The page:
- The Washington Times - Monday, February 9, 2009

SOURCE

Kansas governor an HHS contender

Kansas Gov. Kathleen Sebelius is near the top of President Obama’s list of candidates to head the Health and Human Services Department at least partially on the strength of her long and close working relationship with the president, a senior administration official said.

Other candidates, including former Clinton White House chief of staff John Podesta, remain in the mix. A decision is not imminent, a senior administration official said, speaking on the condition of anonymity to discuss private administration deliberations.

Mrs. Sebelius, 60, signed on early with the Obama campaign, backing his candidacy over that of Hillary Rodham Clinton, Mr. Obama’s rival for the Democratic nomination and now secretary of state. Mrs. Sebelius worked tirelessly for Mr. Obama’s bid and was a top surrogate to women’s groups, especially after Republicans picked Alaska Gov. Sarah Palin as their vice-presidential nominee.



Mrs. Sebelius would be Mr. Obama’s second choice for the slot. Former Sen. Tom Daschle withdrew his name amid an admission he had not paid all his taxes, including on a car and driver, since leaving Congress as a Democratic leader.

PARTISANSHIP

McCain decries Democrats’ tone

Republican Sen. John McCain said that Democratic lawmakers putting together an economic stimulus plan are no more open to input from the opposing party than the Republican party was during the Bush administration.

The Arizona Republican, in an appearance Sunday on CBS’ “Face the Nation,” said he thought there was going to be a change in the tone of partisanship in Washington when the Obama administration took over, but that’s not what he’s seeing.

Mr. McCain said he favors an economic stimulus bill about half the size of the $820 billion package the Democrats favor.

Mr. McCain said Democrats are building up a national debt that is going to hamper the economy in the future and require the next generation to pay it down.

INTERVIEW

Steele denies illicit payment

Michael S. Steele, the new chairman of the Republican National Committee, said Sunday that claims he made inappropriate payments to his sister’s company for work never performed were not true and made by a felon trying to get a reduced sentence.

Mr. Steele paid more than $37,000 to a Maryland company run by his sister, Monica Turner, for work related to his unsuccessful 2006 Senate campaign. If she was not reimbursed, both he and his sister would be violating campaign finance laws, Mr. Steele said.

“It was a legitimate reimbursement of expenses,” Mr. Steele said on ABC’s “This Week.”

Mr. Steele’s former finance chairman, Alan B. Fabian, claimed to federal prosecutors that Mr. Steele made the payment to the company, which was then out of business, as Fabian was seeking leniency on unrelated fraud charges, The Washington Post reported Saturday. Prosecutors gave Fabian no credit for cooperation when he was sentenced in October, the newspaper said.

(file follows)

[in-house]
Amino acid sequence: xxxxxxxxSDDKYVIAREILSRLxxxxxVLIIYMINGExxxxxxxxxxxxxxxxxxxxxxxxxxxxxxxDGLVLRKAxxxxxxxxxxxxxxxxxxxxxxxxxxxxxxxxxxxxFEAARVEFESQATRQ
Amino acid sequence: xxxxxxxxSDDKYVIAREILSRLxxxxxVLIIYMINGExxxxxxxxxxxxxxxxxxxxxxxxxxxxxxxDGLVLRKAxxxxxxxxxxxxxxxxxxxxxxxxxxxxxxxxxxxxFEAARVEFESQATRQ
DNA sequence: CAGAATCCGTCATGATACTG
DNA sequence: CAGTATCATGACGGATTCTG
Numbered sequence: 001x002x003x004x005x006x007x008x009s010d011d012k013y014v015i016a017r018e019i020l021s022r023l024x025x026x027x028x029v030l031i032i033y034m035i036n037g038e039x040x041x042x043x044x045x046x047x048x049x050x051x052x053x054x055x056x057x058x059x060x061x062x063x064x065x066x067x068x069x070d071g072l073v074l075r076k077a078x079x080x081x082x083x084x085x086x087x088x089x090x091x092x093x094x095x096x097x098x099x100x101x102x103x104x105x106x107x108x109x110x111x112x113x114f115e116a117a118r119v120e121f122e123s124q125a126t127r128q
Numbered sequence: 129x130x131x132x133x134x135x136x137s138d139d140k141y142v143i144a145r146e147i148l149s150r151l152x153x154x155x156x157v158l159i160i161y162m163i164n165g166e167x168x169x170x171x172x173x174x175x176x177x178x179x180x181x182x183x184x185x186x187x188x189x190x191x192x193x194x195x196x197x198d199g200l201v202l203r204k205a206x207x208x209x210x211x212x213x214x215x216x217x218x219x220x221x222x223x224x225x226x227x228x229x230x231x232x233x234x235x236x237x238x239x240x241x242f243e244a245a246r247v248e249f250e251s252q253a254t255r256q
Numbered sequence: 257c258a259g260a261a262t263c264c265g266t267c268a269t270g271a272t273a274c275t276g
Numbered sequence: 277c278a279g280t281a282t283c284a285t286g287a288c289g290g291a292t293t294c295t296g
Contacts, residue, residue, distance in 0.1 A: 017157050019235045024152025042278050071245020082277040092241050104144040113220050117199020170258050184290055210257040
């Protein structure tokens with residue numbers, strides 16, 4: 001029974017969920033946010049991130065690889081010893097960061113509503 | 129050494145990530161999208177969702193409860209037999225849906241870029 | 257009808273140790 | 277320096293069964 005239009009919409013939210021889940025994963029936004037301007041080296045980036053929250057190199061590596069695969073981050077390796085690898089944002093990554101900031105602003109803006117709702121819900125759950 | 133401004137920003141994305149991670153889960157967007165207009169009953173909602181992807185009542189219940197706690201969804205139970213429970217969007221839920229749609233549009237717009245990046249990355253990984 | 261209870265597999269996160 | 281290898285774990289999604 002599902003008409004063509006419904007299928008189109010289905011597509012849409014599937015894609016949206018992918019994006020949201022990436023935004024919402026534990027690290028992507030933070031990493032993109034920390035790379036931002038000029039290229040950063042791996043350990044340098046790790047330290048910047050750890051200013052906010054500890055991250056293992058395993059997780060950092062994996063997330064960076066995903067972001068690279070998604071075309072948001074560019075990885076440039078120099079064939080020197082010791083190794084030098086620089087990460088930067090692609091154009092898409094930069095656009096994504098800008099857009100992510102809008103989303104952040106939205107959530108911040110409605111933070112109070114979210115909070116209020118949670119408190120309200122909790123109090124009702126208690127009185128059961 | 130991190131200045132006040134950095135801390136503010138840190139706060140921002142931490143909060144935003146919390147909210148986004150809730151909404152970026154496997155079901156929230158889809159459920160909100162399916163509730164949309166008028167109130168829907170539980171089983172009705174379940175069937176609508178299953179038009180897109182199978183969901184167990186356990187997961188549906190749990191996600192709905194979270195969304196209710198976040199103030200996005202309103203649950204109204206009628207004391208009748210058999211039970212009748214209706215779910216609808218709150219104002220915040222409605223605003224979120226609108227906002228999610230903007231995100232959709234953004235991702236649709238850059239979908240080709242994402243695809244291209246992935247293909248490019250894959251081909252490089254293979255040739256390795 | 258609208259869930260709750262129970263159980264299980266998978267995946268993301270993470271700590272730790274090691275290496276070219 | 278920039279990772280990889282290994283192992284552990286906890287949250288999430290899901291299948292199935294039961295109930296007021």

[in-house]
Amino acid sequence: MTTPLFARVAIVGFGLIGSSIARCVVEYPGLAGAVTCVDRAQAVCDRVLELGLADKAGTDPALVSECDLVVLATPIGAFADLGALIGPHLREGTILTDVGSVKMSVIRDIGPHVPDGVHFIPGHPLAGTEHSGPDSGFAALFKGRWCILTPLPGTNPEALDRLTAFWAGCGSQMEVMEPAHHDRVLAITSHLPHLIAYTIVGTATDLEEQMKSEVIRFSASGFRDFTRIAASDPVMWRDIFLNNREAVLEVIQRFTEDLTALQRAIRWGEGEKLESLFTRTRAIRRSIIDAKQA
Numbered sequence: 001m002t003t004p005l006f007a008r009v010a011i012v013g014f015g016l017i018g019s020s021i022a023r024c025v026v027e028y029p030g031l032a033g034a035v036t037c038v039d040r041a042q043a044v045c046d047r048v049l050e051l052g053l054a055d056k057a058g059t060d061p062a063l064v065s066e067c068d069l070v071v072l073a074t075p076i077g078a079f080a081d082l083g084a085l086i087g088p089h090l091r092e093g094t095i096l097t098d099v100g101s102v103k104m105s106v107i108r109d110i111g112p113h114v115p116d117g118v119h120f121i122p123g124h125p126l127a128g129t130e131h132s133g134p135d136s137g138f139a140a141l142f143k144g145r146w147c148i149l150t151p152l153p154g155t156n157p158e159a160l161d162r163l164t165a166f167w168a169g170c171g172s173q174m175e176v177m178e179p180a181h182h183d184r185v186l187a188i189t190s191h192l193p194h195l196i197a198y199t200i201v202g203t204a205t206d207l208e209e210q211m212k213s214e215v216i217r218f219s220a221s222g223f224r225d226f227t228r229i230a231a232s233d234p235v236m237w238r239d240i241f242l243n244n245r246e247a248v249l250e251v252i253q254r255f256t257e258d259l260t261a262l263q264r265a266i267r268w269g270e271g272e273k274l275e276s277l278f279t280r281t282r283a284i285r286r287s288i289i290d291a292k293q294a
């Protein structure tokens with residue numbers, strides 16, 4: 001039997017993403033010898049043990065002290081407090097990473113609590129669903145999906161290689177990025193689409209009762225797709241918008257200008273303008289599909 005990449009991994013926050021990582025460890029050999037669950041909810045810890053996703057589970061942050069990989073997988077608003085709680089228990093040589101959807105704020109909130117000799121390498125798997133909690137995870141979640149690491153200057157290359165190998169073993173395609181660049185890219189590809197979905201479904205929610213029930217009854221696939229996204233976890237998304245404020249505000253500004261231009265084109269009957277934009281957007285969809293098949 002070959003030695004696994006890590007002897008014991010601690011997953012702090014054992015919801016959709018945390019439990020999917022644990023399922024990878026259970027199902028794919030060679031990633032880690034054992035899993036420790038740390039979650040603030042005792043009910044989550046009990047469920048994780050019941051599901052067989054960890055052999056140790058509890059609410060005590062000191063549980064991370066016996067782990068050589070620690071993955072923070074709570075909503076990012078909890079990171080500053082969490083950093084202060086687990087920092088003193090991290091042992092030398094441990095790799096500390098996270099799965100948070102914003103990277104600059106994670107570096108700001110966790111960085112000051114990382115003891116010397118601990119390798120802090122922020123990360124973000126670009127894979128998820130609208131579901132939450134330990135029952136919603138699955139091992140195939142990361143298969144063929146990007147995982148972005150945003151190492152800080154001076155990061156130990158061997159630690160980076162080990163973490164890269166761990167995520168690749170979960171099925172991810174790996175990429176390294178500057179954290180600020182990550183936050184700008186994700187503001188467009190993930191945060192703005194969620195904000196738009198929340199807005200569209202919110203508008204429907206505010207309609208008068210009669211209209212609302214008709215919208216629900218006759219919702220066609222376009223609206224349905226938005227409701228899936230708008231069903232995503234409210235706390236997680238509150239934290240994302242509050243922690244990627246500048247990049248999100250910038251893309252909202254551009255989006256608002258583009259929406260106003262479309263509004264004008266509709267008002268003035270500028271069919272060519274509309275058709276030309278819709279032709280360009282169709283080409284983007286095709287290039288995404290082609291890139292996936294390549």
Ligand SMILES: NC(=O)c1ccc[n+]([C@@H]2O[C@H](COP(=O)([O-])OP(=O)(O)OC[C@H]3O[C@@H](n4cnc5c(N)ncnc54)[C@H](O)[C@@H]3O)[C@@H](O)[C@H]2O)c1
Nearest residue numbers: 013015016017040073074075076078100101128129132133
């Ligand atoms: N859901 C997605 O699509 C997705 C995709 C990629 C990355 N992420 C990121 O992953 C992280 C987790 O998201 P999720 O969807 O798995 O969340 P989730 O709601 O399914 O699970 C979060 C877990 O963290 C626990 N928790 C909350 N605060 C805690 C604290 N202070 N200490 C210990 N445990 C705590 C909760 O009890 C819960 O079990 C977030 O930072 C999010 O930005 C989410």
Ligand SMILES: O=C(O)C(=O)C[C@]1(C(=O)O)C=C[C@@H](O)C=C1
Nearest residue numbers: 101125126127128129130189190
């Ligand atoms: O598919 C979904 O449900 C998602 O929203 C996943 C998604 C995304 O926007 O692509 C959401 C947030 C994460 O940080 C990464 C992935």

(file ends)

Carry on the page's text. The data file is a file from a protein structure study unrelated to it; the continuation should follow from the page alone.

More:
BICENTENNIAL

USPS to unveil 4 Lincoln stamps

Four new postal stamps highlighting the personal history of Abraham Lincoln are set to be released Monday as the nation commemorates Lincoln’s 200th birthday this week.

The 42-cent stamps depict Lincoln as a rail-splitter, a lawyer, a politician and a president.

A ceremony marking the release of the stamps is scheduled Monday morning in Springfield, Ill., where Lincoln is buried.

Lincoln, the 16th president, was born Feb. 12, 1809, in Kentucky.

MILITARY

Obesity, education impedes Hispanics

A new study finds that Hispanics continue to be underrepresented in the U.S. military for two main reasons: They have lower rates of graduating from high school and higher rates of obesity.

The Rand Corp.’s study suggests the armed services concentrate more effort on inspiring potential Hispanic recruits to graduate high school by emphasizing the benefits that go along with military service.

It also suggests the services enroll candidates in weight-reduction programs or relax fitness standards.

Those Hispanics who do make the grade do well in the military, serving longer and being promoted faster than their white counterparts, the study found.

SURVEY

Military voters shortchanged again

More than 1 in 4 U.S. military voters overseas never received their official ballots for the 2008 election, which, while high, was less than the 36 percent who said they never got one in 2006.

A survey of 24,031 overseas and military voters by the Overseas Vote Foundation also found that 40 percent of military voters did not receive their ballots until mid-October or after - way too late to ensure the votes would reach stateside ballot boxes in time to be counted.

From wire dispatches and staff reports

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